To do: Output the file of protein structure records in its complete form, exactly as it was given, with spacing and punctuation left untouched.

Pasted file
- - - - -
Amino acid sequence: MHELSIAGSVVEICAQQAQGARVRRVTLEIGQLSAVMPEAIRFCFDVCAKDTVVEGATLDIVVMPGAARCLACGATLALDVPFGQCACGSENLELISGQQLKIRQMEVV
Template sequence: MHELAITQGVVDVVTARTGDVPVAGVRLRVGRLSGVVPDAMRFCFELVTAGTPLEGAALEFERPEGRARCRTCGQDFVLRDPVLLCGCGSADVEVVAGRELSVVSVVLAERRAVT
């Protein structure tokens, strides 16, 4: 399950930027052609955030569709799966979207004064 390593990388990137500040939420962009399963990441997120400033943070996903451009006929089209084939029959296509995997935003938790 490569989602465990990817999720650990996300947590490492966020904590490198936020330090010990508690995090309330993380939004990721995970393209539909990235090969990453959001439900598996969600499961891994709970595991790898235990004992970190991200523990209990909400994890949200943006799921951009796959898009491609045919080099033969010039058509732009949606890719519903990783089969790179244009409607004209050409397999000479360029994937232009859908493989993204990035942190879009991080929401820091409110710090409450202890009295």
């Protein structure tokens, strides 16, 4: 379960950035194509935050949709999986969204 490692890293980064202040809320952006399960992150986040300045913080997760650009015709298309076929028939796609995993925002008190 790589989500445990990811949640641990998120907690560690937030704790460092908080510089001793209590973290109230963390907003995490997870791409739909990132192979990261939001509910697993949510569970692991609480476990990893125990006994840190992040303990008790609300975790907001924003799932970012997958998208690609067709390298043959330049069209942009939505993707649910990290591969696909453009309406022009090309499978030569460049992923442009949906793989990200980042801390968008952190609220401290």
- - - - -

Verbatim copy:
Amino acid sequence: MHELSIAGSVVEICAQQAQGARVRRVTLEIGQLSAVMPEAIRFCFDVCAKDTVVEGATLDIVVMPGAARCLACGATLALDVPFGQCACGSENLELISGQQLKIRQMEVV
Template sequence: MHELAITQGVVDVVTARTGDVPVAGVRLRVGRLSGVVPDAMRFCFELVTAGTPLEGAALEFERPEGRARCRTCGQDFVLRDPVLLCGCGSADVEVVAGRELSVVSVVLAERRAVT
């Protein structure tokens, strides 16, 4: 399950930027052609955030569709799966979207004064 390593990388990137500040939420962009399963990441997120400033943070996903451009006929089209084939029959296509995997935003938790 490569989602465990990817999720650990996300947590490492966020904590490198936020330090010990508690995090309330993380939004990721995970393209539909990235090969990453959001439900598996969600499961891994709970595991790898235990004992970190991200523990209990909400994890949200943006799921951009796959898009491609045919080099033969010039058509732009949606890719519903990783089969790179244009409607004209050409397999000479360029994937232009859908493989993204990035942190879009991080929401820091409110710090409450202890009295």
């Protein structure tokens, strides 16, 4: 379960950035194509935050949709999986969204 490692890293980064202040809320952006399960992150986040300045913080997760650009015709298309076929028939796609995993925002008190 790589989500445990990811949640641990998120907690560690937030704790460092908080510089001793209590973290109230963390907003995490997870791409739909990132192979990261939001509910697993949510569970692991609480476990990893125990006994840190992040303990008790609300975790907001924003799932970012997958998208690609067709390298043959330049069209942009939505993707649910990290591969696909453009309406022009090309499978030569460049992923442009949906793989990200980042801390968008952190609220401290």